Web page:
Reduced intraoperative bleeding during transurethral resection of the prostate: Evaluation of finasteride, vascular endothelial growth factor, and CD34

ArticleinCurrent Prostate Reports 6(3):123-127 · August 2008with50 Reads
DOI: 10.1007/s11918-008-0019-x

Finasteride is an antiandrogen that inhibits 5-α-reductase, an enzyme that converts testosterone to dihydrotestosterone. Finasteride significantly reduces intraoperative bleeding when 10 mg/d is administered for 60 days before transurethral resection of the prostate. Our double-blind, randomized, placebo-controlled study evaluated 200 patients with benign prostatic hyperplasia who underwent transurethral resection of the prostate. We compared a placebo group (n = 100) with a group (n = 100) administered 5 mg of finasteride twice a day for 8 weeks. We intended to demonstrate the mechanisms and effects of finasteride compared with those of vascular endothelial growth factor, and to evaluate CD34, an immunohistochemical marker of blood vessel density in the prostate. Our results indicated a lower average microvascular density and vascular endothelial growth factor index for hypertrophic prostate in the finasteride group than in the placebo group.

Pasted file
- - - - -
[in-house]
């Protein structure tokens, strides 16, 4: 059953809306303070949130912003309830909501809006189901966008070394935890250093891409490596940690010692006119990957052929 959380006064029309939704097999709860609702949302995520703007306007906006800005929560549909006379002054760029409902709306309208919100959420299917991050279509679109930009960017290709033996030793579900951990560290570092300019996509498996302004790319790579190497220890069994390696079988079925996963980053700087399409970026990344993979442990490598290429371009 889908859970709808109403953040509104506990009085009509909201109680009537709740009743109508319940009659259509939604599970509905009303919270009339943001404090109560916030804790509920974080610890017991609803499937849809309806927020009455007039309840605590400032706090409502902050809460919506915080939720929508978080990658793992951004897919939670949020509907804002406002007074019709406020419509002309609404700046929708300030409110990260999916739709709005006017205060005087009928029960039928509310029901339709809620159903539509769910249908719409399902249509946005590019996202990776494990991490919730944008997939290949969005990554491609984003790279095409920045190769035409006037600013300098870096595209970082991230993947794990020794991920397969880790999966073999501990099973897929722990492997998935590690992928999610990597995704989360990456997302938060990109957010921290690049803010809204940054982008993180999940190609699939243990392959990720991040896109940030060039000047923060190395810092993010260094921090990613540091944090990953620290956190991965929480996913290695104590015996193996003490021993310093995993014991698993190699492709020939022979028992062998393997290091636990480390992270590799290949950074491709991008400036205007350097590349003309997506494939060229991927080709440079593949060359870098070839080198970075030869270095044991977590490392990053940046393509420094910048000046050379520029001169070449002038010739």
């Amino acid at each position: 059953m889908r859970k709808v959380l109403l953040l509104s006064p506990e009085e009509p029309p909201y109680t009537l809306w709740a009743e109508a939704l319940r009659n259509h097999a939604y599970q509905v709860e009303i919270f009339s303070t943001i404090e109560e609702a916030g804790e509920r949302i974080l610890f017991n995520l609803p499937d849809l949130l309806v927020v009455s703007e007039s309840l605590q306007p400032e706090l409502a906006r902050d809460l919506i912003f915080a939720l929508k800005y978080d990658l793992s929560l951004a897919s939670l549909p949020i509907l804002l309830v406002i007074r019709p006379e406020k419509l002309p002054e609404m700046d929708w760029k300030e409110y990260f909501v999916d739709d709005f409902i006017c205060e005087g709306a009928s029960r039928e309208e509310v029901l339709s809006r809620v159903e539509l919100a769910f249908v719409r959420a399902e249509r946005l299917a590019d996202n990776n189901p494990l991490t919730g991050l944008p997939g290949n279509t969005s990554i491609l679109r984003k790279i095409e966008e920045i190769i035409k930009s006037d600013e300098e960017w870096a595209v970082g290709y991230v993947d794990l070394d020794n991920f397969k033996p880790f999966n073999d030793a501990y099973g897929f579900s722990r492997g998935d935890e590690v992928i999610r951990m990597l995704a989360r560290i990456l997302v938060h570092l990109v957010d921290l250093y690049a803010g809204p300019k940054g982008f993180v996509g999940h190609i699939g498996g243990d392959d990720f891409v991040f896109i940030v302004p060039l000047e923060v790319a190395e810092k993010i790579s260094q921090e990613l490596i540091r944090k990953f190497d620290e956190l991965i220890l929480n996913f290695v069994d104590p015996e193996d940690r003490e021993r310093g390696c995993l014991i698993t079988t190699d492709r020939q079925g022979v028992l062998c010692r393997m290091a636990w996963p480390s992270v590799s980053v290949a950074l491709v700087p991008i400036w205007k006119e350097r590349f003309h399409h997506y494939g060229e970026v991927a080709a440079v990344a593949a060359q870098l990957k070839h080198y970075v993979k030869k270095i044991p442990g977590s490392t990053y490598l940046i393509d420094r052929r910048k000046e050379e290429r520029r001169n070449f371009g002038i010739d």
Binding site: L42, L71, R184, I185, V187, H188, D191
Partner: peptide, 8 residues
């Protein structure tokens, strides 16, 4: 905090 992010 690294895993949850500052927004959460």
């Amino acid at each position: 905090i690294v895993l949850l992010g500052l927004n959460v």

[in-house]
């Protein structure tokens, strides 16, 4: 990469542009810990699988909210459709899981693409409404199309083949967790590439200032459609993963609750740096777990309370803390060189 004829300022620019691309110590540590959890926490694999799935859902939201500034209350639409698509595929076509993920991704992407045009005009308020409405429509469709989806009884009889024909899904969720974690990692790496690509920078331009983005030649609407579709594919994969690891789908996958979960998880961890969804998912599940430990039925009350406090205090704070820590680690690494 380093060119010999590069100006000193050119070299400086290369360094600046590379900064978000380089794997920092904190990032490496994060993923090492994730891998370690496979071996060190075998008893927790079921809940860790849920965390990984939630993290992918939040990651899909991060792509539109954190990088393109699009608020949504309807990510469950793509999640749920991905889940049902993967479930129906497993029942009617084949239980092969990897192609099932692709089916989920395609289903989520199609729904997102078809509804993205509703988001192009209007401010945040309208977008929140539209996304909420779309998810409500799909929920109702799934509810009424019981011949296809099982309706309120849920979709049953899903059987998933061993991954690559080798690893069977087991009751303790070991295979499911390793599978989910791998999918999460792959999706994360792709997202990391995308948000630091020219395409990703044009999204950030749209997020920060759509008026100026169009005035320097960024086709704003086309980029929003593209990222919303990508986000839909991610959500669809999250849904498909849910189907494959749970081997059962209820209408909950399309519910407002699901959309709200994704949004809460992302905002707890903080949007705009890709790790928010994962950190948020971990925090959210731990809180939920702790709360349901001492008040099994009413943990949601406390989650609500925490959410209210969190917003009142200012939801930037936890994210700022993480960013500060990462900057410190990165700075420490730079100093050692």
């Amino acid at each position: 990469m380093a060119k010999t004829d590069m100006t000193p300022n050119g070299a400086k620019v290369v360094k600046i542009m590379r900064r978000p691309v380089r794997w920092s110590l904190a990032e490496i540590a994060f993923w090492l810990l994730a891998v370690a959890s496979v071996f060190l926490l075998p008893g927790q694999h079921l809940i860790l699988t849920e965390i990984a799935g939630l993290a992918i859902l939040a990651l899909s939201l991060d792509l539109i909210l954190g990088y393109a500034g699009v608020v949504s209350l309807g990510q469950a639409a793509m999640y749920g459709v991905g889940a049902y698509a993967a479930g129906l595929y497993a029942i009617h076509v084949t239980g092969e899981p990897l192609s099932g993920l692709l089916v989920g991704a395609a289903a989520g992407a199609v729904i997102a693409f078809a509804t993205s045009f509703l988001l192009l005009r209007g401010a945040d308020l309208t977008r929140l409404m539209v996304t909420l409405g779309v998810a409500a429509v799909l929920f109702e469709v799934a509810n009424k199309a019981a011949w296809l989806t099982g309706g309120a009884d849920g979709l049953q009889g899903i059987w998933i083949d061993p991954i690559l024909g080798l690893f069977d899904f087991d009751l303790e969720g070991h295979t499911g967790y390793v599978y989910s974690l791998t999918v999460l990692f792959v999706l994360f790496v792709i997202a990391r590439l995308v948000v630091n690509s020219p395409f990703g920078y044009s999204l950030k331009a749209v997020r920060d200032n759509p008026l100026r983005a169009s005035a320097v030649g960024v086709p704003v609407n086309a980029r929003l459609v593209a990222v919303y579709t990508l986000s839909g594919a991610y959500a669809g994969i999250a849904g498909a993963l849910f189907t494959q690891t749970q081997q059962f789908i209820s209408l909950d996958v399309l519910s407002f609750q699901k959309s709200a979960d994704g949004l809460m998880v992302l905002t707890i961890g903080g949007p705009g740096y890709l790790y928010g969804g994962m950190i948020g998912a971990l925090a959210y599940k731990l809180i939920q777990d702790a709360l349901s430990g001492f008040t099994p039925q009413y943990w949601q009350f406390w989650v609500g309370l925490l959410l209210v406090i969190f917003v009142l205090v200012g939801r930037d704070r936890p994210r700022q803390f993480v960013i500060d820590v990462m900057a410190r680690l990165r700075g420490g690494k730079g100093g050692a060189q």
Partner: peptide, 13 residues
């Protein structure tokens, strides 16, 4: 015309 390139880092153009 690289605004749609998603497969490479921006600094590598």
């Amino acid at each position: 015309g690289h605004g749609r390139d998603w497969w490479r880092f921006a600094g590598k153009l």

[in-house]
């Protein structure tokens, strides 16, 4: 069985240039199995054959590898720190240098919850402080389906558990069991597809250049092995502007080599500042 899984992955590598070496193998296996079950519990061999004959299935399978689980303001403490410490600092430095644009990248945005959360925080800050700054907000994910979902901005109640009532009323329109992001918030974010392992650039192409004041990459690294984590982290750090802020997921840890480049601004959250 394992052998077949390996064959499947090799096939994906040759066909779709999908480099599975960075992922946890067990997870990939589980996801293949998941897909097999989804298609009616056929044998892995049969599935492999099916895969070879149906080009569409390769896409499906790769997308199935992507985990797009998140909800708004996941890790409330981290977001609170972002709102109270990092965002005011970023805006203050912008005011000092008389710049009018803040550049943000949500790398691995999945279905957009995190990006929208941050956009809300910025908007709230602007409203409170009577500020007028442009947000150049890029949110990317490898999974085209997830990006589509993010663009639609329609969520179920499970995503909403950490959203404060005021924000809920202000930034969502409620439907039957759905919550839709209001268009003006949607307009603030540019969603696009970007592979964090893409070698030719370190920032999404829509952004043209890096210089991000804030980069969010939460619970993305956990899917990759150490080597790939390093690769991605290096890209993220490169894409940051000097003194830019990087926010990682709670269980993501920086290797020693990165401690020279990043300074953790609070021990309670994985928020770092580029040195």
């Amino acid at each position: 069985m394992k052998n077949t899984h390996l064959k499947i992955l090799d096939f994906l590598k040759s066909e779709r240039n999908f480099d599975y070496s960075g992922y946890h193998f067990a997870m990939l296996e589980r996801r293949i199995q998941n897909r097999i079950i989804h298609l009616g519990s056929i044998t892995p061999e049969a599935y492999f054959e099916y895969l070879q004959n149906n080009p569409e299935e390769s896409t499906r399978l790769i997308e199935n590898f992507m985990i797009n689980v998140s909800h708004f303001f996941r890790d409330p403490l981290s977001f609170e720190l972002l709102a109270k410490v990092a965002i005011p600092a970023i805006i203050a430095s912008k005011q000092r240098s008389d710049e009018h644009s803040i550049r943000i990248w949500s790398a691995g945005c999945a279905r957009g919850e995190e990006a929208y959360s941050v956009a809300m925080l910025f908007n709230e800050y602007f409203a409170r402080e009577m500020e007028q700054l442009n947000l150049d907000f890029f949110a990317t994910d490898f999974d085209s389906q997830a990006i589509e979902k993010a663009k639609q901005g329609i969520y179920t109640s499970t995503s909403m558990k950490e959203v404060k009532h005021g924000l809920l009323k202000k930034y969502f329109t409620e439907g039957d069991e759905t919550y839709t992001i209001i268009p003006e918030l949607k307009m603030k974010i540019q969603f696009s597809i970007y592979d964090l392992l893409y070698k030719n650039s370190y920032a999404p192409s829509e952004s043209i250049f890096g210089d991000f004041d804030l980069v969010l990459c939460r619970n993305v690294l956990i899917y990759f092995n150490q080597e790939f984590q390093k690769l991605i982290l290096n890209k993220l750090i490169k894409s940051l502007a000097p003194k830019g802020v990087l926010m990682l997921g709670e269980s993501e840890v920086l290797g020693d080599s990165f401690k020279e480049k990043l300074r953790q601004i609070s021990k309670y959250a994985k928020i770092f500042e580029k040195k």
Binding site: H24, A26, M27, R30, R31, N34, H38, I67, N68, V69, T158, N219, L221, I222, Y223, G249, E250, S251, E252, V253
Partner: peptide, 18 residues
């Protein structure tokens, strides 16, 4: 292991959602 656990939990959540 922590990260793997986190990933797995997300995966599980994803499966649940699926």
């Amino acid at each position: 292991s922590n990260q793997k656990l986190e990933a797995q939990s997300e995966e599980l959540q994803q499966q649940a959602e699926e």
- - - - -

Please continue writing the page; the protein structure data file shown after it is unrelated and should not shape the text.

• [Show abstract] [Hide abstract] ABSTRACT: 5α-reductase inhibitors (5α-RIs), including finasteride and dutasteride, are commonly used medical therapies for benign prostatic hyperplasia (BPH). Many studies reported that preoperative 5α-RI had impact on intraoperative haemorrhage during surgery for BPH, but it was still in controversial. So, we conducted a systematic review of the effects and mechanisms of 5α-RIs on intraoperative bleeding for BPH. MEDLINE, EMBASE, the Cochrane Controlled Trail Register of Controlled Trials and the reference lists of retrieved studies were searched in the analysis. Sixteen publications involving 15 different randomized controlled trials (RCTs) and a total of 1156 patients were used in the analysis, including 10 RCTs for finasteride and five RCTs for dutasteride. We found that preoperative finasteride treatment decreases microvessel density (MVD) in resected prostate specimens. Total blood loss, blood loss per gram of resected prostate tissue and decreases in haemoglobin were all greatly reduced in the finasteride group as compared to controls. Dutasteride appeared to have no effect on bleeding. This meta-analysis shows that preoperative finasteride treatment could decrease intraoperative haemorrhage during surgery for BPH. Preoperative dutasteride had no effect on intraoperative haemorrhage, but further high-quality prospective studies are still needed to confirm this observation.